Children's clothing retailer Pumpkin Patch has been tipped into receivership by its lenders and appointed voluntary administrators after failing to reinvent itself in the face of shrinking sales and too much debt.
Auckland-based Pumpkin Patch's board appointed McGrathNicol's Andrew Grenfell and Conor McElhinney as administrators and said it understood KordaMentha's Neale Jackson and Brendon Gibson had been named receivers. Last week the retailer said there was virtually no value left in its equity after talks with its lender ANZ Bank New Zealand fell through.
"Despite considerable efforts by the board and its management team, it has become evident that no solution is available to the company, at this time, to address the current over-leveraged and significantly capital constrained position," chairman Peter Schuyt and managing director Luke Bunt said in a statement. "With no likely solution available, the board believes that the constraints currently experienced by the business are too great and the only appropriate action to best protect the interests of stakeholders is to appoint administrators."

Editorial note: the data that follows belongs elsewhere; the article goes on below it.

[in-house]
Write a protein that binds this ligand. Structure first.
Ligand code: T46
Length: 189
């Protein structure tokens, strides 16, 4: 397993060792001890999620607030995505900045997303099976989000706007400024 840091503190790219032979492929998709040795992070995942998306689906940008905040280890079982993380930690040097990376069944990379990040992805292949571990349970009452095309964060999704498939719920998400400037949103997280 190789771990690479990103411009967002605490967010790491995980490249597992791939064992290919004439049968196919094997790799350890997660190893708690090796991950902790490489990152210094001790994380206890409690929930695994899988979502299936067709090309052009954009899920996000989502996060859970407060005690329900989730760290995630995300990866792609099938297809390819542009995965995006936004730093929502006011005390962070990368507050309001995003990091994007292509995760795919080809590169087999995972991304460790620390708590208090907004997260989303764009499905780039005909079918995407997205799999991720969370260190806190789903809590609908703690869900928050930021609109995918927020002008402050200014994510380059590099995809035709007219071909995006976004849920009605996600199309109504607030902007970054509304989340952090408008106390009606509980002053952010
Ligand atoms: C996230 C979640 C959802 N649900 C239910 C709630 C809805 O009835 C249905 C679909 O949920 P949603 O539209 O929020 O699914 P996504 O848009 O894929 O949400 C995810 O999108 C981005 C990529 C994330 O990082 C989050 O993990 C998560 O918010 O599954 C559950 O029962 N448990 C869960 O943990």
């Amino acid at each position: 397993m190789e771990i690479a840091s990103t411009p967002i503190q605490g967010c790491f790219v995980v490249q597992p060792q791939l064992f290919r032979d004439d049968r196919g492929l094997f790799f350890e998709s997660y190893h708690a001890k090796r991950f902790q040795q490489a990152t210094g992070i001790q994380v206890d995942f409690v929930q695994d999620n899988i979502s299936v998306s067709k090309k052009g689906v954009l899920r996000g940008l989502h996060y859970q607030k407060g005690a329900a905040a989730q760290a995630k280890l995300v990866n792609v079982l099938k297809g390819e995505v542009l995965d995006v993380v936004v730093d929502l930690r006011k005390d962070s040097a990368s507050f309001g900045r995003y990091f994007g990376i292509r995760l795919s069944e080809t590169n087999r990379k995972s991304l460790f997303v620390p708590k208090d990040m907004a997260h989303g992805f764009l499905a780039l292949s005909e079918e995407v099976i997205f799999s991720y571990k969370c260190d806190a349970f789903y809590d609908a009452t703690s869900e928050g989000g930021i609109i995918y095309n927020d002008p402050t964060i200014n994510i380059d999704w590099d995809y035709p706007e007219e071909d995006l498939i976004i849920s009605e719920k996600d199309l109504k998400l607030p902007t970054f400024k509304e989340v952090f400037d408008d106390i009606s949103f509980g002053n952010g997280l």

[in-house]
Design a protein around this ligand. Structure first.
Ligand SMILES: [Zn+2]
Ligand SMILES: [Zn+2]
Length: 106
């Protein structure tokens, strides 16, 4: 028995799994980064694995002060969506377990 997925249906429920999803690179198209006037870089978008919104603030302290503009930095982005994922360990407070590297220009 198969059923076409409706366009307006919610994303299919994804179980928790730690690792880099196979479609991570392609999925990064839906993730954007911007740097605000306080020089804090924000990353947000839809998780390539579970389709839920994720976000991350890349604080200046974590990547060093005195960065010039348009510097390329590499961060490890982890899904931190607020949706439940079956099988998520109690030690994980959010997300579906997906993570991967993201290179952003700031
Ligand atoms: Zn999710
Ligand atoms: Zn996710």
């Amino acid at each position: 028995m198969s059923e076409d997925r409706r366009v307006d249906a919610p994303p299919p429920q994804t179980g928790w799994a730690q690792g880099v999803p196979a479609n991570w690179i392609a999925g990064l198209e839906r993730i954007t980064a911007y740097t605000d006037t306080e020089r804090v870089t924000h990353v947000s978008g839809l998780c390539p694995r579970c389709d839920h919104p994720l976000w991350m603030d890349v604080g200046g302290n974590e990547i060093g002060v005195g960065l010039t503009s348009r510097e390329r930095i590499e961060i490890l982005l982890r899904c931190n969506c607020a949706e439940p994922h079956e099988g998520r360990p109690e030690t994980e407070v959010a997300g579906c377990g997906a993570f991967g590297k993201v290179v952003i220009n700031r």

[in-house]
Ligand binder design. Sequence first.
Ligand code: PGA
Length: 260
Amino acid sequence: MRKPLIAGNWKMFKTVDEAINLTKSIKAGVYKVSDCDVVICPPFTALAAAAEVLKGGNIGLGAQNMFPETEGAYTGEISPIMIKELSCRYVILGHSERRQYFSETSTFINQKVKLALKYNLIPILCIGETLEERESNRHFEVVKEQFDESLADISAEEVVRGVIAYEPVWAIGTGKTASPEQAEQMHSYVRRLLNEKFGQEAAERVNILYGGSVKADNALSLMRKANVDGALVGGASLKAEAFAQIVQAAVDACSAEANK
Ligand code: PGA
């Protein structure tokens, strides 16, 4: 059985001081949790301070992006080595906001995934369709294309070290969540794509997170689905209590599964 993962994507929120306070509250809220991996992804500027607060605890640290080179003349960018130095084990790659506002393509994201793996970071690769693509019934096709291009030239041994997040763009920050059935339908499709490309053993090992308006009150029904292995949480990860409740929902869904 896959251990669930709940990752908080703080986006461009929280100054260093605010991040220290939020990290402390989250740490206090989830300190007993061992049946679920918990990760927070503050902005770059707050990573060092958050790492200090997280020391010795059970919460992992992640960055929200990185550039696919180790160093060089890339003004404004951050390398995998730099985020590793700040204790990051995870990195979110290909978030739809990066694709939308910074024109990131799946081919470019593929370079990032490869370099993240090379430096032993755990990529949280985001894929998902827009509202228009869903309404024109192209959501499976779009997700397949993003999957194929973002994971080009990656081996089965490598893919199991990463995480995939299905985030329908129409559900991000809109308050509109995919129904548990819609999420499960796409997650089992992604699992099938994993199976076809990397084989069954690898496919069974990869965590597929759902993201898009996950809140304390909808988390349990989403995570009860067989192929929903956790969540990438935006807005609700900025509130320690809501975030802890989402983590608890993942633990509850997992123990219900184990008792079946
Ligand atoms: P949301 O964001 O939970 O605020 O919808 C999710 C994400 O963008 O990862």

In its full-year results published last month, Pumpkin Patch told investors its directors had given an undertaking to the bank that it would put forward proposals by Oct. 20, which was later pushed out to Oct. 31. The capital constraints were highlighted in the accounts as a "material risk" to the ongoing viability of the business.
Pumpkin Patch's debt to ANZ Bank rose to $46 million from $39.1 million in the year to the end of July 2016. It posted a loss of $15.5 million in the same period.
The retailer's board today said it was committed to working with the administrators and receivers to get "the best possible outcome for the company and staff".
The shares have been in a trading halt since Oct. 21, and last traded at 6 cents, valuing the retailer at $10.1 million.